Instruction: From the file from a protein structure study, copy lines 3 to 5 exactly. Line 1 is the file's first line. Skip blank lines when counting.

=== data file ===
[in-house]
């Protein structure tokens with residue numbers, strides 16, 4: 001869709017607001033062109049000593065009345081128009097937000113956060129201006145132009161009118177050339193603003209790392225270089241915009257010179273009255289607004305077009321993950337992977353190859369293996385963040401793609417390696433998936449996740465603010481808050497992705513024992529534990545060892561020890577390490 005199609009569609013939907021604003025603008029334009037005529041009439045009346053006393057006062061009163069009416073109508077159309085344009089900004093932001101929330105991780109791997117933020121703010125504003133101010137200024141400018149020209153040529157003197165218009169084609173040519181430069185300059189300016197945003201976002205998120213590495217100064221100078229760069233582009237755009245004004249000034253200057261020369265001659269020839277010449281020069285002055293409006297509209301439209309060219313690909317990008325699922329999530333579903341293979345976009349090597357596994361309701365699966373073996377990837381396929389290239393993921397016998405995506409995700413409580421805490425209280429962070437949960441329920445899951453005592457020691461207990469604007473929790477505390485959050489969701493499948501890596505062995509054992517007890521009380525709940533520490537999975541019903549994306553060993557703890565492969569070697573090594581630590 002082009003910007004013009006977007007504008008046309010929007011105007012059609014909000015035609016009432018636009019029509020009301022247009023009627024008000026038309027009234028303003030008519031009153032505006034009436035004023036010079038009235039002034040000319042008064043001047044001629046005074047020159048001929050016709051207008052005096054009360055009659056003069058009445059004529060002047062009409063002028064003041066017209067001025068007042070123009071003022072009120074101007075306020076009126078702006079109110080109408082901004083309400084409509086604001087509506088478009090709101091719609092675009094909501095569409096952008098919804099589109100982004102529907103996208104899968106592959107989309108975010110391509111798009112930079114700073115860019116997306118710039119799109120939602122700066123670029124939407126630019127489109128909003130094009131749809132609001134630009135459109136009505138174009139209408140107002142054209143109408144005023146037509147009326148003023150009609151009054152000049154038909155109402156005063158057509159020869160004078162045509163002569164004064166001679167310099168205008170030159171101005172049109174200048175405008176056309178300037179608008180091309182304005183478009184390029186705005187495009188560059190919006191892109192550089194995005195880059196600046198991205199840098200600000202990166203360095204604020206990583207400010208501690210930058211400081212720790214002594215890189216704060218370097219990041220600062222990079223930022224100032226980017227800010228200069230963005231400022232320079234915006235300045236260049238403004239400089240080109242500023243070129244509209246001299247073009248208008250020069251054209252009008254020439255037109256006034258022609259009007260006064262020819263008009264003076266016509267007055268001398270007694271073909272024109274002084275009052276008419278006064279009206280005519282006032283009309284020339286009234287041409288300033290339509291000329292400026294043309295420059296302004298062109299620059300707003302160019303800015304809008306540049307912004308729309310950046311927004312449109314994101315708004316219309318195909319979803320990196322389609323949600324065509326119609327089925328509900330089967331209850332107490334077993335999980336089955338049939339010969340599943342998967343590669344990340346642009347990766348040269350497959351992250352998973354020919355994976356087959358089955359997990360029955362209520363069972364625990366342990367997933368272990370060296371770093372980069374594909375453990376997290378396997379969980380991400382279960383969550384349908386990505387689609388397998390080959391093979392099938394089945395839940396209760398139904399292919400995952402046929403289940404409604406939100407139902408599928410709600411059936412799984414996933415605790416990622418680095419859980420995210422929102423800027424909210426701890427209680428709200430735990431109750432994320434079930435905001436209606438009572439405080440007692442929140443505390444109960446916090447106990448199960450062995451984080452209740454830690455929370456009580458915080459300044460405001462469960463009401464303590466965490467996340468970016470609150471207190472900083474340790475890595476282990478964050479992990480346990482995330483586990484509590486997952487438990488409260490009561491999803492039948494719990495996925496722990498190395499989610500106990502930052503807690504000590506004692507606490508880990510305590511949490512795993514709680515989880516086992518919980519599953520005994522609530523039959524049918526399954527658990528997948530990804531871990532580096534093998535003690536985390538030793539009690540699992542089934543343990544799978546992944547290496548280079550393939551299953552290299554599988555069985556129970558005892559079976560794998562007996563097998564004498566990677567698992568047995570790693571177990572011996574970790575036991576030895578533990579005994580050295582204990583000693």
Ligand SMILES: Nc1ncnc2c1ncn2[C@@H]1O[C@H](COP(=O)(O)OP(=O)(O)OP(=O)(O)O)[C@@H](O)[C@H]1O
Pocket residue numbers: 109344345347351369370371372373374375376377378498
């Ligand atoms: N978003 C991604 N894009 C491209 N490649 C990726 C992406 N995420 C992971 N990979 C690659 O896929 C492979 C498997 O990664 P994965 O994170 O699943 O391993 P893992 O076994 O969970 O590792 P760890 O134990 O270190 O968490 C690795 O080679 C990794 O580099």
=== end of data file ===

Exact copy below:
Ligand SMILES: Nc1ncnc2c1ncn2[C@@H]1O[C@H](COP(=O)(O)OP(=O)(O)OP(=O)(O)O)[C@@H](O)[C@H]1O
Pocket residue numbers: 109344345347351369370371372373374375376377378498
């Ligand atoms: N978003 C991604 N894009 C491209 N490649 C990726 C992406 N995420 C992971 N990979 C690659 O896929 C492979 C498997 O990664 P994965 O994170 O699943 O391993 P893992 O076994 O969970 O590792 P760890 O134990 O270190 O968490 C690795 O080679 C990794 O580099």